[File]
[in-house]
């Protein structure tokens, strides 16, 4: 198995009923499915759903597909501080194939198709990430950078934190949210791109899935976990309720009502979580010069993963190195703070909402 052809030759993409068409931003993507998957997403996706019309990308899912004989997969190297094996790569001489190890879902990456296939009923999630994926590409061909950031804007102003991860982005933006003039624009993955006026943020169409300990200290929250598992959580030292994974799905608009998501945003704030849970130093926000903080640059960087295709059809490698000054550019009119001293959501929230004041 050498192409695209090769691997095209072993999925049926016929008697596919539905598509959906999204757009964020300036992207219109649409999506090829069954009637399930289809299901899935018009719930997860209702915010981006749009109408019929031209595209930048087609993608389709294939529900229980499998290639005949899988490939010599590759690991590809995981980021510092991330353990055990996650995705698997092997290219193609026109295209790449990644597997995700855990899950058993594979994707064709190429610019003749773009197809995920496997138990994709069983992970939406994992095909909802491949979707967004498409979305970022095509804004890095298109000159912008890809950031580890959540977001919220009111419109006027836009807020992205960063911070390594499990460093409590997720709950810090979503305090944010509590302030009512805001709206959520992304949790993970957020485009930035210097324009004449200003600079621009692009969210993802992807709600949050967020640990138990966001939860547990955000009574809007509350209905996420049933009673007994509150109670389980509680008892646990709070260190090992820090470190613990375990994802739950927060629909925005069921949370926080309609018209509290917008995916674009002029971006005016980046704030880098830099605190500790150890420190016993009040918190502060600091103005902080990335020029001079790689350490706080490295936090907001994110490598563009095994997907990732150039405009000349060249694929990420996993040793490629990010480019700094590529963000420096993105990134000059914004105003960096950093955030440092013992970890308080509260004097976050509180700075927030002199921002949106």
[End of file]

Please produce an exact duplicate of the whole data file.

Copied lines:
[in-house]
């Protein structure tokens, strides 16, 4: 198995009923499915759903597909501080194939198709990430950078934190949210791109899935976990309720009502979580010069993963190195703070909402 052809030759993409068409931003993507998957997403996706019309990308899912004989997969190297094996790569001489190890879902990456296939009923999630994926590409061909950031804007102003991860982005933006003039624009993955006026943020169409300990200290929250598992959580030292994974799905608009998501945003704030849970130093926000903080640059960087295709059809490698000054550019009119001293959501929230004041 050498192409695209090769691997095209072993999925049926016929008697596919539905598509959906999204757009964020300036992207219109649409999506090829069954009637399930289809299901899935018009719930997860209702915010981006749009109408019929031209595209930048087609993608389709294939529900229980499998290639005949899988490939010599590759690991590809995981980021510092991330353990055990996650995705698997092997290219193609026109295209790449990644597997995700855990899950058993594979994707064709190429610019003749773009197809995920496997138990994709069983992970939406994992095909909802491949979707967004498409979305970022095509804004890095298109000159912008890809950031580890959540977001919220009111419109006027836009807020992205960063911070390594499990460093409590997720709950810090979503305090944010509590302030009512805001709206959520992304949790993970957020485009930035210097324009004449200003600079621009692009969210993802992807709600949050967020640990138990966001939860547990955000009574809007509350209905996420049933009673007994509150109670389980509680008892646990709070260190090992820090470190613990375990994802739950927060629909925005069921949370926080309609018209509290917008995916674009002029971006005016980046704030880098830099605190500790150890420190016993009040918190502060600091103005902080990335020029001079790689350490706080490295936090907001994110490598563009095994997907990732150039405009000349060249694929990420996993040793490629990010480019700094590529963000420096993105990134000059914004105003960096950093955030440092013992970890308080509260004097976050509180700075927030002199921002949106």